Food in North Macedonia
If you’re on a budget, consider one of the Skara (grill) establishments. On the waterfront, there are a number of upmarket restaurants offering higher-quality cuisine, but they appeal to visitors, so don’t be shocked by a hefty price at the conclusion of your dinner.
Service in restaurants and cafés throughout the country is often sluggish, either because these establishments are chronically understaffed or because of the overall laid-back attitude. Consider yourself fortunate if your meal is provided within half an hour of your arrival.
Macedonian cuisine is similar to that of the southern Balkans, with plenty of grilled meat (known as skara). Typically, side dishes must be ordered separately. Shopska salata, a mixed salad of cucumbers, tomatoes, and grated sirenje, is also popular in Macedonia. Sirenje is a white cheese that is comparable to feta. Typically, Macedonians will translate the word “cheese” to “sirenje.” Ajvar, a crimson paste formed from roasted peppers and tomatoes, is another regional specialty that may be served as an appetizer or as a side dish. Tarator, which is similar to Greek tzatziki, is another popular local food. It is served as a cold soup and is composed of yoghurt, cucumbers, and garlic.
The most popular street food is burek (урек), a flaky phyllo-like pastry filled with melted cheese and/or ham, or toast (тоcт), pressed panini-style sandwiches.
Stobi Flips are a common snack item available in supermarkets and small shops, resembling a cheese doodle but with a salty peanut flavor.
Tavče gravče or тавчe гравче in Macedonian, is the country’s national dish. It comprises mostly of beans and paprika, and is usually eaten with sliced sausage mixed in.
Macedonia, being a landlocked country, does not have a wide range of fresh fish. Ohrid is a noteworthy exception, where fresh fish from the nearby lake may be eaten. Ohrid trout is a local delicacy if you don’t mind eating endangered species.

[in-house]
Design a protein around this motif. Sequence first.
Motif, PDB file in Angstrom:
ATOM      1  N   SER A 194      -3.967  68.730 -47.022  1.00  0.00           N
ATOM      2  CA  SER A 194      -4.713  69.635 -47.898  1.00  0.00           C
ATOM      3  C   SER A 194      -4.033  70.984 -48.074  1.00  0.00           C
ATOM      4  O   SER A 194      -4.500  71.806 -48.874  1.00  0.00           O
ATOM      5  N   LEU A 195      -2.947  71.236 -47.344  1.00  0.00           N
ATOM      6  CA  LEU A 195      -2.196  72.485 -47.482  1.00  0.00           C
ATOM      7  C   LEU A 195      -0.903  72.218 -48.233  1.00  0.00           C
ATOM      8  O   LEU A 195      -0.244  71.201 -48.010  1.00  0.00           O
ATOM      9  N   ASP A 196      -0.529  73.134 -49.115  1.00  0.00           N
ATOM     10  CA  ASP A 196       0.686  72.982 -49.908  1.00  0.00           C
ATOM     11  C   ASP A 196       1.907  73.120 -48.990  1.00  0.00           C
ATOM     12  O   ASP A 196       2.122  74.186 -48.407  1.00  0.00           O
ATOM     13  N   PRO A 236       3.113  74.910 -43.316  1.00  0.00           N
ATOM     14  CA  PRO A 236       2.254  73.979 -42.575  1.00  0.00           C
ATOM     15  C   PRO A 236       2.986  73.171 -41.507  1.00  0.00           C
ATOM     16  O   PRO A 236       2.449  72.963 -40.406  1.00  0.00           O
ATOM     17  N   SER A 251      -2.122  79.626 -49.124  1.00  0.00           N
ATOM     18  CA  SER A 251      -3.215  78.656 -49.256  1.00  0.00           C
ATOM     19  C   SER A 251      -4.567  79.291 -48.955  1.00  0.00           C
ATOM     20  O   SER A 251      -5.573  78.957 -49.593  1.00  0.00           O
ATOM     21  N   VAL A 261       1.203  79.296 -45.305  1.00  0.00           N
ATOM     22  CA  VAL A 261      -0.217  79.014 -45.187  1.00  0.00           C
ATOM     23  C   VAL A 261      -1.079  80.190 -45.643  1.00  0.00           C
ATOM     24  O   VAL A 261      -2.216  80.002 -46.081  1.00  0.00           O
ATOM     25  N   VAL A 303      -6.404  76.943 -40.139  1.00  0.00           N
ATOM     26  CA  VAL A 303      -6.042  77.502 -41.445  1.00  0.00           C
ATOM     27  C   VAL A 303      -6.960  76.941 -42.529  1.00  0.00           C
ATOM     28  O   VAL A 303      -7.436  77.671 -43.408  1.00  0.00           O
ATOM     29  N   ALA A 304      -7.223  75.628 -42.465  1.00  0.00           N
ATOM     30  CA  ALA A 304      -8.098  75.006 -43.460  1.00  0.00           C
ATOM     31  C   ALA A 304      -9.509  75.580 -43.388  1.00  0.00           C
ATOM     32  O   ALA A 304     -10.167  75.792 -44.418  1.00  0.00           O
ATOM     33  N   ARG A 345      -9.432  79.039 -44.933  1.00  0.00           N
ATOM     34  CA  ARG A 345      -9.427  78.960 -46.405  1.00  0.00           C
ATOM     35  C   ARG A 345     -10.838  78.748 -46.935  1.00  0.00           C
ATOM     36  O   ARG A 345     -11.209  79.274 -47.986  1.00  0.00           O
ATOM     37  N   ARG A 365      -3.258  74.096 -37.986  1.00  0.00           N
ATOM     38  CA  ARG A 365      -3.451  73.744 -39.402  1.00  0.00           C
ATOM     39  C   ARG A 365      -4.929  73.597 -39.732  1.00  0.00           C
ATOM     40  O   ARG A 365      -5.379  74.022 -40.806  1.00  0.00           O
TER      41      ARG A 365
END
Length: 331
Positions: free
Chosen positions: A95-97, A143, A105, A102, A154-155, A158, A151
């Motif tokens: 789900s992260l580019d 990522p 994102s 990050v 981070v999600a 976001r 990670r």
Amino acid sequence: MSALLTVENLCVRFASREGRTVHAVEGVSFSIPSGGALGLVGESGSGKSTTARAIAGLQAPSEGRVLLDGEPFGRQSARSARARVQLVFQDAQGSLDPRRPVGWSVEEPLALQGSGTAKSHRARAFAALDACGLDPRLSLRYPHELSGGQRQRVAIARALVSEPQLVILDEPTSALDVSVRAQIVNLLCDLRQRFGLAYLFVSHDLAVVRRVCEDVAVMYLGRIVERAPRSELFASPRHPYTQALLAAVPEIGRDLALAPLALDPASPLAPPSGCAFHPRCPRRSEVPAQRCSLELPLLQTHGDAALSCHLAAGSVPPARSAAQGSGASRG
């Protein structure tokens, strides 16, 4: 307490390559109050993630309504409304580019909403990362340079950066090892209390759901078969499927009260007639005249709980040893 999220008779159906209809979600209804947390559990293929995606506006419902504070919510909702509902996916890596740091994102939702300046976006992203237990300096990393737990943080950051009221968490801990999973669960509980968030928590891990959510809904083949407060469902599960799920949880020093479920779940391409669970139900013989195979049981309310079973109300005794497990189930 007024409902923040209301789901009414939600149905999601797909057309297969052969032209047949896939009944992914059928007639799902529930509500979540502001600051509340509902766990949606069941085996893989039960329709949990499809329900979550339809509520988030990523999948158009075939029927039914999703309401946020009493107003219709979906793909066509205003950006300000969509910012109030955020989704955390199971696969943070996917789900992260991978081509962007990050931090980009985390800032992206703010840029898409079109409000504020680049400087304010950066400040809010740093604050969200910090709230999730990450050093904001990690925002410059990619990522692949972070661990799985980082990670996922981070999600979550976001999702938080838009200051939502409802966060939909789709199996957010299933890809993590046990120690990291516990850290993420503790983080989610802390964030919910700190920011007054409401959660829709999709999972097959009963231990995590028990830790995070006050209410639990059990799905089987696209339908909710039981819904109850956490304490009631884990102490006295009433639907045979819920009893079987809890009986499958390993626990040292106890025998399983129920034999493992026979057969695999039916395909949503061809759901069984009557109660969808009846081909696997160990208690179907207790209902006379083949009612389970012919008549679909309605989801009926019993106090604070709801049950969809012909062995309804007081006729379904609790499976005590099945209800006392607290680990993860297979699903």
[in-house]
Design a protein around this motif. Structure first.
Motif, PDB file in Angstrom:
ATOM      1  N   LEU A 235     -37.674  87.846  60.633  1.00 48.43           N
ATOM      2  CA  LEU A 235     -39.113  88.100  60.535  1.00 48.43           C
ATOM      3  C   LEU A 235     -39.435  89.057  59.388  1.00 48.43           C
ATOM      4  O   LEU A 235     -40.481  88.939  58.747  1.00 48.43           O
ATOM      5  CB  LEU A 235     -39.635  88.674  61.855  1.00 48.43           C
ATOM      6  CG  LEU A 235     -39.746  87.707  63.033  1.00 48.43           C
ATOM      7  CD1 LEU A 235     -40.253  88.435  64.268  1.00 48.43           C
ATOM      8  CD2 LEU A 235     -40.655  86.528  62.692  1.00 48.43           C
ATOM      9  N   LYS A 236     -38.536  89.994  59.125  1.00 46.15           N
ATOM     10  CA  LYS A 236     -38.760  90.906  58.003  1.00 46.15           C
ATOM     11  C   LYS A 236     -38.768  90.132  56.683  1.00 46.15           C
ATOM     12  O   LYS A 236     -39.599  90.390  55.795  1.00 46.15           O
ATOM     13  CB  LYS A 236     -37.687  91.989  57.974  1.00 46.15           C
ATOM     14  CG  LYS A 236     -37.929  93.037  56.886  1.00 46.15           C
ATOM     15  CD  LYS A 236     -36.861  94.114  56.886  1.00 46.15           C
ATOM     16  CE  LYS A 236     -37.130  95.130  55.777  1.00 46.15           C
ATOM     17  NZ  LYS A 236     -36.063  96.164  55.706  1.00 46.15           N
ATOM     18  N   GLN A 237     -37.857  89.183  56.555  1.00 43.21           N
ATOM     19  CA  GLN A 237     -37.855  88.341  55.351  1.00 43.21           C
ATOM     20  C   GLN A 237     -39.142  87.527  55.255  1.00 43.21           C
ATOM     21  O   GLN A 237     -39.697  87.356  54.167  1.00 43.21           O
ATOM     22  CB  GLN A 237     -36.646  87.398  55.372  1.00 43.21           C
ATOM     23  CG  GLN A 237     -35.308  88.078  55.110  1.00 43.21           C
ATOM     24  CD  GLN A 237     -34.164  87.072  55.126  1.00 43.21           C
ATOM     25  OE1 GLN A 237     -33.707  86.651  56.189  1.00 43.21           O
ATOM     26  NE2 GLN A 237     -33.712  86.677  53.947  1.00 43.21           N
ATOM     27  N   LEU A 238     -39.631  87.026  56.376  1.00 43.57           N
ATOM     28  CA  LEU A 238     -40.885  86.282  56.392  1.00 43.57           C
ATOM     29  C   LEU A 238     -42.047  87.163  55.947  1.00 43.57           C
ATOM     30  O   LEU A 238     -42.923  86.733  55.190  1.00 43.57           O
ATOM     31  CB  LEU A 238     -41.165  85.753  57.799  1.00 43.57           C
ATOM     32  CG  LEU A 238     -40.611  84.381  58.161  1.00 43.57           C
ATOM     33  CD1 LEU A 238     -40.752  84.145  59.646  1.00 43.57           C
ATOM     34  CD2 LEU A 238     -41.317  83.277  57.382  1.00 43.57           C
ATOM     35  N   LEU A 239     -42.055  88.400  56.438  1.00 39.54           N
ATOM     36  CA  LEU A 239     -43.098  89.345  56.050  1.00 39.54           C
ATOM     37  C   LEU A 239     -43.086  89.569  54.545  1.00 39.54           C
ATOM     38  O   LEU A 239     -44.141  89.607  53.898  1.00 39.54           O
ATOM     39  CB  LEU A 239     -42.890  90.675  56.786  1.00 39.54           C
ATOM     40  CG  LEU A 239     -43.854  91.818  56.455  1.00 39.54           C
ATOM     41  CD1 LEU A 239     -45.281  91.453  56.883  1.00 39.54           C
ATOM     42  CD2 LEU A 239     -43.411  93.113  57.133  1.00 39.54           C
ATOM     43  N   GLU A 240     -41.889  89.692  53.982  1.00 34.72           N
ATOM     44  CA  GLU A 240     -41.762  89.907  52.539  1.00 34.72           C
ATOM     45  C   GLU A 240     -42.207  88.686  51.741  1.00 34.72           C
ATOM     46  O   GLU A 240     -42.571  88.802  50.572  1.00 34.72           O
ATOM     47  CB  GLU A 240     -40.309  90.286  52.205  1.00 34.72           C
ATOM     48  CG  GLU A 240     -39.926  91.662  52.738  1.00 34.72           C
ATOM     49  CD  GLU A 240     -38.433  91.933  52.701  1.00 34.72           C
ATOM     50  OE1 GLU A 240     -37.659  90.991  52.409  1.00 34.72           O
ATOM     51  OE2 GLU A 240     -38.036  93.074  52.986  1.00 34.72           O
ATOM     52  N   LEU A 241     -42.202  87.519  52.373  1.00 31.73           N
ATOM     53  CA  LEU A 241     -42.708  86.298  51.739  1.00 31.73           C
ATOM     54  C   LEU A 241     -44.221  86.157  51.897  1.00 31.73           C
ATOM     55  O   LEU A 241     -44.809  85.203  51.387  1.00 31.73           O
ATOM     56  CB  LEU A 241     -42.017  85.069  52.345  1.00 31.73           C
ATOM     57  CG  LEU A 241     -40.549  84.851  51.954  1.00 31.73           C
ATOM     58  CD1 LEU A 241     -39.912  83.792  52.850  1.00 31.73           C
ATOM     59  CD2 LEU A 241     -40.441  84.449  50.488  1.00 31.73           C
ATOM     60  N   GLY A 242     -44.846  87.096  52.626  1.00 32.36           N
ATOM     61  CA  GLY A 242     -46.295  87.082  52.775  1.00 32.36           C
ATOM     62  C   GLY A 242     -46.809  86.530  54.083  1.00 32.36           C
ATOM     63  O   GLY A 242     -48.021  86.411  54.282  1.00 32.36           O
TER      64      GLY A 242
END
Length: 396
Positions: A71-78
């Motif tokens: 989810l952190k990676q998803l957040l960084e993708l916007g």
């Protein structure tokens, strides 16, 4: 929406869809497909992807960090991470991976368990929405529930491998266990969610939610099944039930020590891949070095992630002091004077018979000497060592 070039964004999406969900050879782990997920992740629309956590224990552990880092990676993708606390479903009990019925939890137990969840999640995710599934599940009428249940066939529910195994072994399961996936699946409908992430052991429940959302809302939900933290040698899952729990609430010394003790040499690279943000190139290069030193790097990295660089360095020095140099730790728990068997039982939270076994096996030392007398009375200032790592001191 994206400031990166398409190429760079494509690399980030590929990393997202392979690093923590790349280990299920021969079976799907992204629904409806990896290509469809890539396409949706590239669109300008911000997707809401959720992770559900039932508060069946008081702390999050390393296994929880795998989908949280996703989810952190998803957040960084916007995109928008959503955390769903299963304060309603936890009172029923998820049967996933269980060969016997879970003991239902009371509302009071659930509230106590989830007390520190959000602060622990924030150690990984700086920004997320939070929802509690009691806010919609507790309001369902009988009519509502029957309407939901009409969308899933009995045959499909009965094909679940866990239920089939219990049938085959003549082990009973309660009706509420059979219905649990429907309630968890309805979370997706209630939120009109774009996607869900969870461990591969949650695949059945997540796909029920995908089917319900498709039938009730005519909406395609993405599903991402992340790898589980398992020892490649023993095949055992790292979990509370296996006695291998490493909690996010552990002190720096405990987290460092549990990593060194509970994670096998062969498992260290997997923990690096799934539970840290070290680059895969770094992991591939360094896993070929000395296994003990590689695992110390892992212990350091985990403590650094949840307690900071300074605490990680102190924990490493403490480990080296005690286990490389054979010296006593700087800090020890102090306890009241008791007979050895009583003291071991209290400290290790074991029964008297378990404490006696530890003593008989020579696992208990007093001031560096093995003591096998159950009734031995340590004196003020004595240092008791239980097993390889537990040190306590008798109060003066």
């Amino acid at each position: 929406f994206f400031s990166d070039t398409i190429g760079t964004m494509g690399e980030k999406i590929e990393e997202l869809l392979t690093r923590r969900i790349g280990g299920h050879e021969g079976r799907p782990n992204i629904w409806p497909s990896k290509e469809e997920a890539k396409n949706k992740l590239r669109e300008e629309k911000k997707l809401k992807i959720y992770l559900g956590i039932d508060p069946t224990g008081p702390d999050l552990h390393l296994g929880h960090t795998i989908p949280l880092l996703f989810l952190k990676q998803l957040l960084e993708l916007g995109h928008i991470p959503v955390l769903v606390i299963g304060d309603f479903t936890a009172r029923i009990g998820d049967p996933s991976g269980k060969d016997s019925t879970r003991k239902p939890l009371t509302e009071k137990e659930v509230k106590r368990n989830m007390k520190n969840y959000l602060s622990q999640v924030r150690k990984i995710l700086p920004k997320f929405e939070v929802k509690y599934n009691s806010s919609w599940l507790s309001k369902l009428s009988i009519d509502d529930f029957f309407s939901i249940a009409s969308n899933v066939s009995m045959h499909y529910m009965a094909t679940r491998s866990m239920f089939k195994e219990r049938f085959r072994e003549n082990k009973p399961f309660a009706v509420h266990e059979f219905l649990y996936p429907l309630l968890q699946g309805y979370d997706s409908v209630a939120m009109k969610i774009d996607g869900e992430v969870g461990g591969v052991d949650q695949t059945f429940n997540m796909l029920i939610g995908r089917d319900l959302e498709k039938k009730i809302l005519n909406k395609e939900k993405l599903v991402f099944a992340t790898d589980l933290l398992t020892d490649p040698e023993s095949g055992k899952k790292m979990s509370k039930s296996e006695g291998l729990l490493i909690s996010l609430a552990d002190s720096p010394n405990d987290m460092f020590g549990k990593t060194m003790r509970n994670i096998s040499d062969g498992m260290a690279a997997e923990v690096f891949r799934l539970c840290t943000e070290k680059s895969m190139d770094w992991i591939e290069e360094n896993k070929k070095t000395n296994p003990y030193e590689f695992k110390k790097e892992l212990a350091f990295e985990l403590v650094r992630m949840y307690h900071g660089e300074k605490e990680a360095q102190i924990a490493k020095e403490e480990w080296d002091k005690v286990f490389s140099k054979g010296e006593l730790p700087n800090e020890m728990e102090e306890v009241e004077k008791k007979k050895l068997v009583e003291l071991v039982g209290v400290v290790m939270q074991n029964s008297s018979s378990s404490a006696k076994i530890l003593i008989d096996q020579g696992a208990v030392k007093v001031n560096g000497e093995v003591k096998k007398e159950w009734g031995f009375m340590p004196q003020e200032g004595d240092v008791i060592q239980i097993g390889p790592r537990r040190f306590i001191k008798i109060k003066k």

Drinks in North Macedonia
Rakija is a powerful grape brandy with the strongest claim to be the republic’s national beverage.
The Tikveš (Tikvesh) winery in Kavadarci is Macedonia’s biggest in the Balkan region. Red wines are often superior than white wines. T’ga za Jug is a popular Macedonian red wine produced from a native grape type called Vranec. Traminec and Temjanika are two local white wines.
Skopsko (кoско, “of Skopje,” following the Slavic tradition of naming beers after their origin), a palatable, though not completely unique, lager, dominates the local beer market. There are also many breweries that produce unexpectedly good-tasting beer.
The sale of alcoholic drinks in shops ends at 21:00 everywhere in the nation, although business continues as normal in restaurants and cafés.
Unlike most of the rest of the Balkans, mineral water, or kisela voda, is consumed instead of sparkling water or water with gas.
The most popular coffee drink in cafés is the macchiato (макиато, espresso topped with frothy cream), which may be ordered as a single shot, small, mali macchiato or a double shot, big, Goliath macchiato. In the summer, cold cappuccinos with flavored creams served in big glasses are especially popular.
Tea is mostly confined to black and green types and is served in bags. Those looking for strong brewed black tea can visit the teahouses operated by local Turks in Skopje or Ohrid’s old town.